I cant see any point on how TCS / Infy / Wipro will hire a post graduate in Computer application to perform a mundane and routine tasks. They can get a graduate in 1/10th of salary. 🙂

  • April 17, 2005 at 11:22 pm
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    This is exactly why smaller companies [URL=http://www.connectivasystems.com]like us[/URL] cannot get good graduates. We do some cutting work on Telecom Billing and EAI, and yet, we difficulties attracting the right talent. Freshers are more inclined to join to these big shops, simply because of peer and family pressure.

    I took a decision early on in my career, to join a 10 man start up outfit. I had just 6 months of experience back then.

    Four years later, this [URL=http://www.connectivasystems.com]company[/URL] has gone on to become a 60 strong outfit, and will add another at least 50 people by the year end. We are today competing and winning against likes of Subex Systems and Connexion. It feels proud to be a part of this success.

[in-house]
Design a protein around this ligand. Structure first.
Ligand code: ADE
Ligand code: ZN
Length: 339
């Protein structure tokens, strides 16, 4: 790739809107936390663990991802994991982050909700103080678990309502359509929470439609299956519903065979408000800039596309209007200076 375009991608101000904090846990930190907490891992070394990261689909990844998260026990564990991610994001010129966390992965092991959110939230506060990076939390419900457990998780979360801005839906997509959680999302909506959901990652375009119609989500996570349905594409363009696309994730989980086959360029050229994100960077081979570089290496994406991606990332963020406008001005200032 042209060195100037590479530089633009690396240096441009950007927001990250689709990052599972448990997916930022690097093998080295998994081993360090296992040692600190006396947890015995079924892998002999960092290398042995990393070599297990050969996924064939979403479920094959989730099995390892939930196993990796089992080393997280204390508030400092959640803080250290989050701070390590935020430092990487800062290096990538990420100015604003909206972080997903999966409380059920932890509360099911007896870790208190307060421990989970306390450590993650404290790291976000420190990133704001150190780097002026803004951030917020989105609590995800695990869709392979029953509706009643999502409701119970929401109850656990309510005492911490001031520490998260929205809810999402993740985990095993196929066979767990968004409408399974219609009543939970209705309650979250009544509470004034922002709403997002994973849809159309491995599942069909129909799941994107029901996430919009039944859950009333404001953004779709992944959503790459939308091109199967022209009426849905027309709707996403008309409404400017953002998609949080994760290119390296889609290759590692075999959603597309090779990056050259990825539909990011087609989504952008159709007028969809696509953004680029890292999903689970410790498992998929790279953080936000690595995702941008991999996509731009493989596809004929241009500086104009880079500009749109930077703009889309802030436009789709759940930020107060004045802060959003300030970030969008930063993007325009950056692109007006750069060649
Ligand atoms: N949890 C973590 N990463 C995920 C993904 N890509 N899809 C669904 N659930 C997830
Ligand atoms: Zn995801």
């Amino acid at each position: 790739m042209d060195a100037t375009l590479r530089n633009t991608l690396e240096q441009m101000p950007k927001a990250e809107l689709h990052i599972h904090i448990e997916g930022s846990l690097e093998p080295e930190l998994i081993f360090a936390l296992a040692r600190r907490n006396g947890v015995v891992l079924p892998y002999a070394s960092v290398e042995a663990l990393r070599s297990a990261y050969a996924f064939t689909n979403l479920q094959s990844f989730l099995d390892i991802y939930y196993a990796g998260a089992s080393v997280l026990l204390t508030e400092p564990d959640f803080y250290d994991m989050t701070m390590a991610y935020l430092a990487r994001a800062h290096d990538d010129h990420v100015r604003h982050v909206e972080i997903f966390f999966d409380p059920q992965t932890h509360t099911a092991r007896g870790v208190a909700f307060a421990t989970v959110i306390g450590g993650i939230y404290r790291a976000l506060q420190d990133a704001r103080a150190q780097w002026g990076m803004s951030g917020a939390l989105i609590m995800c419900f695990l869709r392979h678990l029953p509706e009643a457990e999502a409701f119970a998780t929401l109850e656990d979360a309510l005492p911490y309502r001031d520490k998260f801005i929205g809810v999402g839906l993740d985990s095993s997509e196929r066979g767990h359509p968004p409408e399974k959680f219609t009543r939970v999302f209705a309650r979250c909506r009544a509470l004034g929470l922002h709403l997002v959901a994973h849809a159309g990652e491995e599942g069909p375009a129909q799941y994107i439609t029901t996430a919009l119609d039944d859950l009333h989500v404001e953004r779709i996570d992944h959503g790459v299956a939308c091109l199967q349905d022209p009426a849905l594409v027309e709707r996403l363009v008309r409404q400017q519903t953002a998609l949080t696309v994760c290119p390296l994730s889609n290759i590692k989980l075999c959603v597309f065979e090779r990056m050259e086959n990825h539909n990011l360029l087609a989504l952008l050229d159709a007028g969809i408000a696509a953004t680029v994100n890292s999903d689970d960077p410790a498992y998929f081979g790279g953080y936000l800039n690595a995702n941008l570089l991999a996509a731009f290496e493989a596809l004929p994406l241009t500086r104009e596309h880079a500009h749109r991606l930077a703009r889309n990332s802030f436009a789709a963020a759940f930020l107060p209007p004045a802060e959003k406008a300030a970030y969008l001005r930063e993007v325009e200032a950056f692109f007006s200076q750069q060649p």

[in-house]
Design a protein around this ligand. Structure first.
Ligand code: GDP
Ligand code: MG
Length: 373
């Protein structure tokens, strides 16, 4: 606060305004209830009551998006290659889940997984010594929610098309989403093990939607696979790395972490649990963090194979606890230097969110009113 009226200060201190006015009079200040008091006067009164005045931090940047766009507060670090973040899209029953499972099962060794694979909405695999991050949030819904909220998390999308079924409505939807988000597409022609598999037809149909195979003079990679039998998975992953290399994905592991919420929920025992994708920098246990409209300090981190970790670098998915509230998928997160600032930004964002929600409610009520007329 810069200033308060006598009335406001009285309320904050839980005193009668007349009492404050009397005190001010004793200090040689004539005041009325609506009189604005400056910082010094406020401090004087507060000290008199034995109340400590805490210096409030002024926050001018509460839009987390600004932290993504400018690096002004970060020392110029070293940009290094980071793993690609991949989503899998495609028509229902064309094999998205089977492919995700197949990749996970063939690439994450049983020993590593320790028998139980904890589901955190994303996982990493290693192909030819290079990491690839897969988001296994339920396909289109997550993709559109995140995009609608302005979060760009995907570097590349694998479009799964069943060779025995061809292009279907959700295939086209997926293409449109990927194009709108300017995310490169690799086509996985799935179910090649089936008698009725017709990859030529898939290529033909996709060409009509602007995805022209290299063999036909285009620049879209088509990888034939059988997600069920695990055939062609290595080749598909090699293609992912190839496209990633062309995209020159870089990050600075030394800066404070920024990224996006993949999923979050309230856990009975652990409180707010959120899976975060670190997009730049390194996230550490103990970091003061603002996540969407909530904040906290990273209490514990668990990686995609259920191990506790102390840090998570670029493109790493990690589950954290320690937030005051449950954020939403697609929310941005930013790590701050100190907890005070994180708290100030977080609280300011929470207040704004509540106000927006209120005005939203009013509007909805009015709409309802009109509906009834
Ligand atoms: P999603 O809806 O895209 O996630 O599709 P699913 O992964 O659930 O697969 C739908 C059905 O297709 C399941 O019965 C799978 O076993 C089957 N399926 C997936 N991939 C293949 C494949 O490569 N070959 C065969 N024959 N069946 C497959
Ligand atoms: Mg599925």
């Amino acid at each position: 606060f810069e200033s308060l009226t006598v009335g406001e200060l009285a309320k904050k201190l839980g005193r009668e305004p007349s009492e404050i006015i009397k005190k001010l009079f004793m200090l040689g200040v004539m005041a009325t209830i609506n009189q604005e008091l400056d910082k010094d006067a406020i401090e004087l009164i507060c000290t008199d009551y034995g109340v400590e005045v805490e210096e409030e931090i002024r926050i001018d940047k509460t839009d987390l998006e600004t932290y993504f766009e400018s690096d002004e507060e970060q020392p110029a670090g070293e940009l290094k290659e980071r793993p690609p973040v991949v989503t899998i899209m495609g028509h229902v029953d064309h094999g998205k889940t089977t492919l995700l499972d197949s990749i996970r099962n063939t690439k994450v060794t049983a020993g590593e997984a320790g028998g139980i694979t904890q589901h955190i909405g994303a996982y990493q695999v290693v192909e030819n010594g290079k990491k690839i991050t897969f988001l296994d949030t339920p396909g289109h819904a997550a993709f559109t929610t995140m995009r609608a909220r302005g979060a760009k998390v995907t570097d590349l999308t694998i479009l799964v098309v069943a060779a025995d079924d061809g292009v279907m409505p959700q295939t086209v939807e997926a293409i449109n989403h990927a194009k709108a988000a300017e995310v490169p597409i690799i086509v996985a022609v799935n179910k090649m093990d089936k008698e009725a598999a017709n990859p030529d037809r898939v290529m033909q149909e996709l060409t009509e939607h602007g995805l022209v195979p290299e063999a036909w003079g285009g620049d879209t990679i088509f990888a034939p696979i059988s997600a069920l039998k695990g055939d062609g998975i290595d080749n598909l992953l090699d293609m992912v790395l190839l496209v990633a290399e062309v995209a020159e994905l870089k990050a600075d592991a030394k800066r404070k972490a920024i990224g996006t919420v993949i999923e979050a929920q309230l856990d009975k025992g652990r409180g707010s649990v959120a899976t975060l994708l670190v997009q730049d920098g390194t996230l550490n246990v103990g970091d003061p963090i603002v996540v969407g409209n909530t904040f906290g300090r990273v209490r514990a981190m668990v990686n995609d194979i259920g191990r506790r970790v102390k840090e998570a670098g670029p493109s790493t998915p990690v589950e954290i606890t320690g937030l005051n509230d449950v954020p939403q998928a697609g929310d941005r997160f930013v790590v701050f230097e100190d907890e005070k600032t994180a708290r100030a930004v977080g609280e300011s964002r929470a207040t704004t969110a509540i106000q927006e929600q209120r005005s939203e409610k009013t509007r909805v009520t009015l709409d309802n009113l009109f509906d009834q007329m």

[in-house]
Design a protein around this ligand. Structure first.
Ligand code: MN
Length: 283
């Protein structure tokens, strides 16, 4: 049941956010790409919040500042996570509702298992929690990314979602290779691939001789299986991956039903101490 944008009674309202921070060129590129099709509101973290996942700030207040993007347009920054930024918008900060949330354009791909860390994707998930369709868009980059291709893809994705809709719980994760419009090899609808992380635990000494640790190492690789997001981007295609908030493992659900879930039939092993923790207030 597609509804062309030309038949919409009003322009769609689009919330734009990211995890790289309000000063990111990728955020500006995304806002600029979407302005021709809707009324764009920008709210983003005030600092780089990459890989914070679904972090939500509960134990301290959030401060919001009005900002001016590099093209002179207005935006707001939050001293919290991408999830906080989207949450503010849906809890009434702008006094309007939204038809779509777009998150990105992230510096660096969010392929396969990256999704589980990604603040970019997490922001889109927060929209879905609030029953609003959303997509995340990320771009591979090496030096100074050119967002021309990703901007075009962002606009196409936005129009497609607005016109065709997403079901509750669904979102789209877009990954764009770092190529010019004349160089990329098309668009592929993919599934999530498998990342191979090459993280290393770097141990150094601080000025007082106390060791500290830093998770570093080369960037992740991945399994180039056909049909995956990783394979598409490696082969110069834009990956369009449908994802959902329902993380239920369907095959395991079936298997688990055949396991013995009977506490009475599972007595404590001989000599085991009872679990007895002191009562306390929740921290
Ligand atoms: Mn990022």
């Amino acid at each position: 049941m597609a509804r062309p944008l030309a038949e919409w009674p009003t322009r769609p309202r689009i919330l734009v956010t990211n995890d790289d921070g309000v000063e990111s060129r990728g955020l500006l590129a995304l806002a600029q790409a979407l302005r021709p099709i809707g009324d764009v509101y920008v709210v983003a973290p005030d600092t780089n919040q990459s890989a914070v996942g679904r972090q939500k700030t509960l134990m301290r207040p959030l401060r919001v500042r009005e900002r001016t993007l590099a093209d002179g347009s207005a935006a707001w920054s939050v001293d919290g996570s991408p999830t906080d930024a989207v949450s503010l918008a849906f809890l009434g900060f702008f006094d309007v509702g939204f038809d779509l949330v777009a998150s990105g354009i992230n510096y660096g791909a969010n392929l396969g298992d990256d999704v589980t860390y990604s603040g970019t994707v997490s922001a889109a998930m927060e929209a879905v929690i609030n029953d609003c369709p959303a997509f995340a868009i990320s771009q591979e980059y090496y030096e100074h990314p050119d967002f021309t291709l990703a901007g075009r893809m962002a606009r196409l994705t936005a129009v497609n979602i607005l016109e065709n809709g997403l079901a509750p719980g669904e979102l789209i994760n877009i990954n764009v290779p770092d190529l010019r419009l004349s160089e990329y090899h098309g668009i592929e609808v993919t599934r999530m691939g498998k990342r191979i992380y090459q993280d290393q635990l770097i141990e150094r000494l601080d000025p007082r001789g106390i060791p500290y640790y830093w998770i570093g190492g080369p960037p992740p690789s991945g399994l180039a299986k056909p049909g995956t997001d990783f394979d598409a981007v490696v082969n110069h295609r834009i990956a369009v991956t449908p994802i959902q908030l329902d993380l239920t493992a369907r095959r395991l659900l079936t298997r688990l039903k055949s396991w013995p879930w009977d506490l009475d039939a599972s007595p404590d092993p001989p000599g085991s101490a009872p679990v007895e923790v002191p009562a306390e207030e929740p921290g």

It takes guts to decline offers from big shops, but unfortunately most graduates, don’t seem to have any of it.

  • March 19, 2005 at 11:56 pm
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    Iam presently learning java/j2EE and want to enter the industry. But my friends say that presently .net has snatched away all the jobs of java. Also that present java jobs are all of maintainence type and no further devt kind of jobs.

    Kindly clarify

  • November 26, 2004 at 5:36 pm
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    This entire article, as the author himself has pointed out, is very negative.
    First of all, Software development is NOT repetitive OR clerical. I have been in this industry for 8 years and in 4 different companies. I know.
    Secondly, it is implicitly assumed that since they are hiring like crazy today, they will layoff in the same way. Not necessarily. And even if they do, we will use our own brains and build products that will beat the top s/w products of today. Be it Oracle database or Windows OS.